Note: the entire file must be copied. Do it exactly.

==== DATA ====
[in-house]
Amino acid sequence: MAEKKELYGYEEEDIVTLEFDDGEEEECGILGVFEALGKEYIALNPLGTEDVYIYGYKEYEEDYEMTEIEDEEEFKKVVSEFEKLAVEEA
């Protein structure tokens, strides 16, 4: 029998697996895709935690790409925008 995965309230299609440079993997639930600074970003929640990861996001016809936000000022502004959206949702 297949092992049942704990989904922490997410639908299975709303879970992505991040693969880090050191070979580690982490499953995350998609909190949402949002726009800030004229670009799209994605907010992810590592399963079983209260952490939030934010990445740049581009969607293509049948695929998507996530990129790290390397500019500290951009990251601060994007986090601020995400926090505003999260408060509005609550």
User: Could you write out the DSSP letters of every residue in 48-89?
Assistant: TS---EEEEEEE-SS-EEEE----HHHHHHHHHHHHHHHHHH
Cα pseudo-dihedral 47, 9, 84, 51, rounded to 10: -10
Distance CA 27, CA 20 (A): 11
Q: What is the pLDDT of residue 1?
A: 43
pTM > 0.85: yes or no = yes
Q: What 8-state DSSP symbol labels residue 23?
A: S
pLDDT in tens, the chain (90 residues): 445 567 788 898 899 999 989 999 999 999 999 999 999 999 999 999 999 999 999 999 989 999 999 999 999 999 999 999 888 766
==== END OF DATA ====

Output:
[in-house]
Amino acid sequence: MAEKKELYGYEEEDIVTLEFDDGEEEECGILGVFEALGKEYIALNPLGTEDVYIYGYKEYEEDYEMTEIEDEEEFKKVVSEFEKLAVEEA
């Protein structure tokens, strides 16, 4: 029998697996895709935690790409925008 995965309230299609440079993997639930600074970003929640990861996001016809936000000022502004959206949702 297949092992049942704990989904922490997410639908299975709303879970992505991040693969880090050191070979580690982490499953995350998609909190949402949002726009800030004229670009799209994605907010992810590592399963079983209260952490939030934010990445740049581009969607293509049948695929998507996530990129790290390397500019500290951009990251601060994007986090601020995400926090505003999260408060509005609550």
User: Could you write out the DSSP letters of every residue in 48-89?
Assistant: TS---EEEEEEE-SS-EEEE----HHHHHHHHHHHHHHHHHH
Cα pseudo-dihedral 47, 9, 84, 51, rounded to 10: -10
Distance CA 27, CA 20 (A): 11
Q: What is the pLDDT of residue 1?
A: 43
pTM > 0.85: yes or no = yes
Q: What 8-state DSSP symbol labels residue 23?
A: S
pLDDT in tens, the chain (90 residues): 445 567 788 898 899 999 989 999 999 999 999 999 999 999 999 999 999 999 999 999 989 999 999 999 999 999 999 999 888 766